Poll slates 'overpriced and out of date' monthly mags

Two titles that have just closed as monthlies wrestle the internet

Nearly 50 per cent of students believe the monthly magazine market is in trouble and a quarter prefer to read content for free on the internet, according to a new survey.

The poll on students’ attitudes to magazines, conducted by website virginstudent.com, attracted 722 responses, of which 22 per cent said monthly magazines were overpriced and out of date.

Students were asked whether they thought it was “the end” for monthly magazines, following the closures of The Face and J-17 last month.

Forty-seven of those questioned said they believed the magazine market was in trouble, of which 25 per cent said they would choose the web over magazines for free content.

Editor of virginstudent.com, Natalie Blenford, said the response to the survey was interesting because many of the students who used the website were target Face readers. “We asked about David Beckham’s affair this week and we had 62 per cent say ‘we don’t care about the Beckhams’ – quite an apathetic response but with this one everyone seemed to have an opinion.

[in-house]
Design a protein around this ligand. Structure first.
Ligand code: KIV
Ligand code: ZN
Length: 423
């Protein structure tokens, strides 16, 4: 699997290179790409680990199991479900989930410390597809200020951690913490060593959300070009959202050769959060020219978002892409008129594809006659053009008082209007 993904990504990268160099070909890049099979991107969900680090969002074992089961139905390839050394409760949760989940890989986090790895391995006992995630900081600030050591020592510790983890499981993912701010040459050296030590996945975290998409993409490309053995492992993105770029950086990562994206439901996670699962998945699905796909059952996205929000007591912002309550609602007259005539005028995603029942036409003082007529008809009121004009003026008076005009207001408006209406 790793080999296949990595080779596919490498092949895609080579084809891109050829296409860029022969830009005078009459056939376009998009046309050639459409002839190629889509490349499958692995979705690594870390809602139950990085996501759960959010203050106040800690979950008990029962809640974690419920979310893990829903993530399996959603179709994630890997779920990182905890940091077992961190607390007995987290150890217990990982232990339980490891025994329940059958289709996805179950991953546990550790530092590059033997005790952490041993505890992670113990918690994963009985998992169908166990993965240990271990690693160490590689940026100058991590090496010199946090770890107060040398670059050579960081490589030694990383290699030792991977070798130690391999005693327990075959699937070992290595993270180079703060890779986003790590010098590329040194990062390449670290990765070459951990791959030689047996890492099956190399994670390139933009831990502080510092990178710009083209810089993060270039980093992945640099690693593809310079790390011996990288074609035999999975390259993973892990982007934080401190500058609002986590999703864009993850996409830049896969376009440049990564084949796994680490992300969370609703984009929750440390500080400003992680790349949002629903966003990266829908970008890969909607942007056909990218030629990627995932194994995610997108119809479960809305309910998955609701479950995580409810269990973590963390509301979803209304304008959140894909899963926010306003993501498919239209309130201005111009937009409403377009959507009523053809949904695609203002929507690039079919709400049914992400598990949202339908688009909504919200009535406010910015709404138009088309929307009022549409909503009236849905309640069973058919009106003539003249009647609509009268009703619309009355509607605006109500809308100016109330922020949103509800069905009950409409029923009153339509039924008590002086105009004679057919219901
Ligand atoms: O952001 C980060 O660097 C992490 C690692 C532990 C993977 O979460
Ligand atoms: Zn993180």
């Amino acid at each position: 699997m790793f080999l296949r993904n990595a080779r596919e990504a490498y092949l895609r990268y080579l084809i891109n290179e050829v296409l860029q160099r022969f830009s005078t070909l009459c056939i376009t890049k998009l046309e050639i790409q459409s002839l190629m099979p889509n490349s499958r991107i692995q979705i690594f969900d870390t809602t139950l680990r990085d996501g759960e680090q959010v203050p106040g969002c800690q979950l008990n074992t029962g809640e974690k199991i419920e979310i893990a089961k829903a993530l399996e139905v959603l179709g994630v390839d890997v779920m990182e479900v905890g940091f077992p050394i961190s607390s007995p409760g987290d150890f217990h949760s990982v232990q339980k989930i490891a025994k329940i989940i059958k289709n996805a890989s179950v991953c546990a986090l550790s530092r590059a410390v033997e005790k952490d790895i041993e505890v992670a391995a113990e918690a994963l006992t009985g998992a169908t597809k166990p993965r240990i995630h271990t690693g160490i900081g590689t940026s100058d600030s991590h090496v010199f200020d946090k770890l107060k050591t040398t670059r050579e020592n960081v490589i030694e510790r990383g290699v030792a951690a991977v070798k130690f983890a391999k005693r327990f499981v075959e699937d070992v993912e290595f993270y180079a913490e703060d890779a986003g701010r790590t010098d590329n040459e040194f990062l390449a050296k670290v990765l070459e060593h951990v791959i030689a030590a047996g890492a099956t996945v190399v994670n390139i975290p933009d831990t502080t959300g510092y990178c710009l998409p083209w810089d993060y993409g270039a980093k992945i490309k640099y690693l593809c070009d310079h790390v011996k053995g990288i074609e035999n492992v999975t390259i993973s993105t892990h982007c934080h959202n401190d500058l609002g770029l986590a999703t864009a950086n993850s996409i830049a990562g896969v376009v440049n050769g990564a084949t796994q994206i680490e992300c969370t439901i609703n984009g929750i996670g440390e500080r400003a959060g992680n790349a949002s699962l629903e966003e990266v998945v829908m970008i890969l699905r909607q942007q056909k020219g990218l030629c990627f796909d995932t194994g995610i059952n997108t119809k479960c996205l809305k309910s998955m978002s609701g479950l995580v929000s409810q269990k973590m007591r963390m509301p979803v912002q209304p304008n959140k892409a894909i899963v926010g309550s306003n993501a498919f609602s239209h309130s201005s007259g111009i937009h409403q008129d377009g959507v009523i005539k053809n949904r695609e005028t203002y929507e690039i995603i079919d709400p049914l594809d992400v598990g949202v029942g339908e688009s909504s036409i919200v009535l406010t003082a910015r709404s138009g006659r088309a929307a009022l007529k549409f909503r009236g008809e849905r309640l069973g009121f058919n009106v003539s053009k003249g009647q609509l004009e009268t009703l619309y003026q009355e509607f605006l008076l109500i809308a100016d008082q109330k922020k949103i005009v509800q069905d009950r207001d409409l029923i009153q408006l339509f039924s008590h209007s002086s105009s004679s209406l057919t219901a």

What struck me was the number that thought magazines were overpriced and out of date and how many said they wouldn’t pay for them when they could get it free on the internet.

“People don’t want to part with their cash for something that is not giving them value for money,” she added.

The survey also solicited comments from students, including Jared Schiller, a 21-year-old art history student from London. He said real youth culture was not about “expensive couture” from which, he claimed, The Face’s advertising was generated. Nor was it about the views of “thickrimmed spectacle wearing thirtysomething idiots who work in an office in Covent Garden”.

“The longer The Face was kept on life-support the more out of touch it became,” Schiller said. He subscribed to Time Out and Viz because it always had jokes and “doesn’t pretend to take the piss out of celebrity culture while actually selling it through a fetishistic obsession with anyone who appears on TV, which is what I imagine Nuts and Zoo do”.

Jon Willers, a Warwick University student, said although he has started buying FHM again, he didn’t feel loyalty towards any magazines “unlike newspapers”. “For the male market, magazines are a poor and expensive alternative to the internet,” he added.

By Ruth Addicott

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